Randolph Manning was born in Plainfield, New Jersey, on May 19, 1804. He studied law in New York City and came to Michigan in 1832. Upon his arrival in Michigan, he established a law practice in Pontiac.
Manning was elected Senator from the fifth district in 1837 to fill the vacancy created by the resignation of Charles C. Hascall. In 1838, he was appointed Secretary of State and he served for two years. In 1836, a Court of Chancery was established and in 1842 Manning was named Chancellor. Manning continued to hold the office until it was abolished in 1847. Also in 1842, he was a member of the Board of Regents for the University of Michigan but resigned later in that same year. Manning was appointed Reporter of the Supreme Court and held the office until the close of 1850.
Upon the organization of an independent Michigan Supreme Court in 1858, he was elected Associate Justice and re-elected upon expiration of his term in 1861. In politics, he was a Democrat until 1854, at which time he became a Republican. His change in party can be traced to his anti-slavery position.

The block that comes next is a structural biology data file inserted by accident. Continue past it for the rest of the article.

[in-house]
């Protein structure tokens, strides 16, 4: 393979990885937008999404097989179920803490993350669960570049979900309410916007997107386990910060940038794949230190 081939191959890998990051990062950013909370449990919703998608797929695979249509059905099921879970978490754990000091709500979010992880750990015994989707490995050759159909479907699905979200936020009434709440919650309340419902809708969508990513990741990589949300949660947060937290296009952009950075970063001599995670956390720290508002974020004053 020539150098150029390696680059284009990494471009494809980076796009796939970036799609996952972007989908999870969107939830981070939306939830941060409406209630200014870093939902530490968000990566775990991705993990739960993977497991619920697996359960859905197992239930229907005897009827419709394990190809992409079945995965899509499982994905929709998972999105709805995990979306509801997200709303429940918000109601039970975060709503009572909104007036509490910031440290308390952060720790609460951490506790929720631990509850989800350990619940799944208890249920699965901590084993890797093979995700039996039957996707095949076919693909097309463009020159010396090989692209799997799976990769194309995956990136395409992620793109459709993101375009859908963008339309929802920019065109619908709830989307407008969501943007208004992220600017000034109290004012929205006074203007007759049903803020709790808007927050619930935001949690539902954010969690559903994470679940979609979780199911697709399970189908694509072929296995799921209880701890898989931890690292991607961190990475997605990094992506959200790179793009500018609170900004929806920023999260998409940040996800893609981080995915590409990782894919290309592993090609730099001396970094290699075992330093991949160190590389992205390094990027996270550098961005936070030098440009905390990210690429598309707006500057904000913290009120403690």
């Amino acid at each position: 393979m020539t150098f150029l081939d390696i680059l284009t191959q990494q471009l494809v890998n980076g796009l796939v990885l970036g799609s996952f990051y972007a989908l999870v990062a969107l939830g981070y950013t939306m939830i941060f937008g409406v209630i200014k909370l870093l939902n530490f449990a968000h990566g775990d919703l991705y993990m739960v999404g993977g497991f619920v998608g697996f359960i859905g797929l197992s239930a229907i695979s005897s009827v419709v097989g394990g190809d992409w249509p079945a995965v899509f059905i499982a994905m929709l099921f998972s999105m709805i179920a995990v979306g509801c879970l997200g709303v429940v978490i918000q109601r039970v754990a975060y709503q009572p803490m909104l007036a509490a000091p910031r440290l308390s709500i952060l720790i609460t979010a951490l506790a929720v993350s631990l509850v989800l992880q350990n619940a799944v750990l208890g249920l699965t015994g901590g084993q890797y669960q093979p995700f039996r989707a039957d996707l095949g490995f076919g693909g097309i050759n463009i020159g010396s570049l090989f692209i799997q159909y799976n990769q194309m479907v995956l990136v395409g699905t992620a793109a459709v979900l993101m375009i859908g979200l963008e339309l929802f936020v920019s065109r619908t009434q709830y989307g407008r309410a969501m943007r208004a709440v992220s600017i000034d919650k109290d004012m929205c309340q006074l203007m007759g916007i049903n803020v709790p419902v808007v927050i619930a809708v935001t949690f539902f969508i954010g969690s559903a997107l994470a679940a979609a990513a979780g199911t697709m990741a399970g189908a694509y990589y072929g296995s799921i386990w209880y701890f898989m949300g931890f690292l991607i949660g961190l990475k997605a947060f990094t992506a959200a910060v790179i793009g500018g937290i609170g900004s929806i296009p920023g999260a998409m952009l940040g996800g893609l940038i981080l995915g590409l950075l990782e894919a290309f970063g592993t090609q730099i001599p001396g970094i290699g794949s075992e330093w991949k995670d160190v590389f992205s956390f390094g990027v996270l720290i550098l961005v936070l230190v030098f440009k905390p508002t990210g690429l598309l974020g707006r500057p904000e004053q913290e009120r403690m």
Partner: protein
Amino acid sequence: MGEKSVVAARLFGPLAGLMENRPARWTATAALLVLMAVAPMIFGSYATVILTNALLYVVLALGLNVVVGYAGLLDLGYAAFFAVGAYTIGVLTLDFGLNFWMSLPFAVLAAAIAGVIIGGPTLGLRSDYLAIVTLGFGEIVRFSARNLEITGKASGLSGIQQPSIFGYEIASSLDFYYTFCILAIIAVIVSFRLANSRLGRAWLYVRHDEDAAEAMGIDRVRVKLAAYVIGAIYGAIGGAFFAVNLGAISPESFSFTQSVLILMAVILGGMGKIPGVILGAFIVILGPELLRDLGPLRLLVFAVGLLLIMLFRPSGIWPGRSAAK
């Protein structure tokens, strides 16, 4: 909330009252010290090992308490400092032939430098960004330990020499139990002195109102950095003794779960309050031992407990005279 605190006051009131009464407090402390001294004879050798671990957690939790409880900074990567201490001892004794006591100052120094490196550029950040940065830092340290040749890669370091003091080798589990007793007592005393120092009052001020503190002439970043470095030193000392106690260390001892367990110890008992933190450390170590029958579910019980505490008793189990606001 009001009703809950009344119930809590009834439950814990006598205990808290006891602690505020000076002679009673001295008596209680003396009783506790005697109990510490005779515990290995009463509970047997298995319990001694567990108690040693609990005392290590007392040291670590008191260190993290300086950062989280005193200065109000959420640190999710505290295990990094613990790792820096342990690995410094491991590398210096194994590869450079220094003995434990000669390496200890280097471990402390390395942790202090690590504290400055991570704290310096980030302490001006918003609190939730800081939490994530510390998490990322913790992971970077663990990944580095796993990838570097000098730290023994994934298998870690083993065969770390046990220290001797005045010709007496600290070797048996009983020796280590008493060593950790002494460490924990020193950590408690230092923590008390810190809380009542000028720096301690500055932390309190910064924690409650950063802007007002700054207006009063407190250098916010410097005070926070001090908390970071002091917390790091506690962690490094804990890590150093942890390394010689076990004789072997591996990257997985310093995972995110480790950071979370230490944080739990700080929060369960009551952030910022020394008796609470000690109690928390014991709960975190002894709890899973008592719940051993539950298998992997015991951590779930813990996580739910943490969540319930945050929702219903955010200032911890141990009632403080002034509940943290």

He “was well built and with active motions, being a quick walker . . . his head was bald on top and he wore his iron-gray hair brushed back behind his ears. He had a light sandy complexion, blue eyes, clean-shaven face, and always wore gold-rimmed spectacles . . . He was a matter-of-fact man and seldom indulged in any light conversation or recreation of any kind . . . he was fonder of books and was not partial to music and never sang or even whistled.”
When humorous comments were made during a session of the Court, Justice Manning remained stone-faced while his colleagues and guests in the chambers laughed riotously. One of Manning’s hobbies was horticulture. He took great care of the small orchard behind his house that included apple, pear and plum trees.
Randolph Manning died on August 31, 1864 in Pontiac, Michigan, while he still held a position on the Court. (Ross, Robert B. The Early Bench and Bar of Detroit: From 1805 – 1850. Detroit: Richard P. Joy and Clarence M. Burton, 1907.)
Portrait presented on: (Click link to read transcript)
April 3, 1889
Ives, Lewis Thomas
Oil on canvas
74.93cm X 62.87 (29 1/2″ X 24 3/4″)
State of Michigan
Hall of Justice – 1st Floor: MJI Entrance
Portrait photo by:
Doug Elbinger, Lansing – June 1996